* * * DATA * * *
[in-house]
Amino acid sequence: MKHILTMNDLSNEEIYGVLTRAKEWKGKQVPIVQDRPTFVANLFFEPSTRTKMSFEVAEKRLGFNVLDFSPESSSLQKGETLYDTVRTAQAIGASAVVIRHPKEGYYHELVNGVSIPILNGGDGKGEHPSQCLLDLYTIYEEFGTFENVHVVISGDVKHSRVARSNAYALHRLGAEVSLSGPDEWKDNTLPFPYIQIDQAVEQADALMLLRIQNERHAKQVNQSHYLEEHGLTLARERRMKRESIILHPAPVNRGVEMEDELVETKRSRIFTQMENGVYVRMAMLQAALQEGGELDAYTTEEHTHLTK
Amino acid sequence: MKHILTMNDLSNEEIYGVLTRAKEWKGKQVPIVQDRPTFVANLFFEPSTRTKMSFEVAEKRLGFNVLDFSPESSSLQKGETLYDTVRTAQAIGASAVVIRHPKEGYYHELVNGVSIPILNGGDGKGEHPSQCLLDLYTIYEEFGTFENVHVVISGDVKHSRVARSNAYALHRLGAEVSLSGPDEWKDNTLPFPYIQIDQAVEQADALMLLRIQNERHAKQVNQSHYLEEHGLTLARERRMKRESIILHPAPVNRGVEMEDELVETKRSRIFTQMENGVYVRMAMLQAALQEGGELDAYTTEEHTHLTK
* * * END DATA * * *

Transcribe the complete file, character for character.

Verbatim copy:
[in-house]
Amino acid sequence: MKHILTMNDLSNEEIYGVLTRAKEWKGKQVPIVQDRPTFVANLFFEPSTRTKMSFEVAEKRLGFNVLDFSPESSSLQKGETLYDTVRTAQAIGASAVVIRHPKEGYYHELVNGVSIPILNGGDGKGEHPSQCLLDLYTIYEEFGTFENVHVVISGDVKHSRVARSNAYALHRLGAEVSLSGPDEWKDNTLPFPYIQIDQAVEQADALMLLRIQNERHAKQVNQSHYLEEHGLTLARERRMKRESIILHPAPVNRGVEMEDELVETKRSRIFTQMENGVYVRMAMLQAALQEGGELDAYTTEEHTHLTK
Amino acid sequence: MKHILTMNDLSNEEIYGVLTRAKEWKGKQVPIVQDRPTFVANLFFEPSTRTKMSFEVAEKRLGFNVLDFSPESSSLQKGETLYDTVRTAQAIGASAVVIRHPKEGYYHELVNGVSIPILNGGDGKGEHPSQCLLDLYTIYEEFGTFENVHVVISGDVKHSRVARSNAYALHRLGAEVSLSGPDEWKDNTLPFPYIQIDQAVEQADALMLLRIQNERHAKQVNQSHYLEEHGLTLARERRMKRESIILHPAPVNRGVEMEDELVETKRSRIFTQMENGVYVRMAMLQAALQEGGELDAYTTEEHTHLTK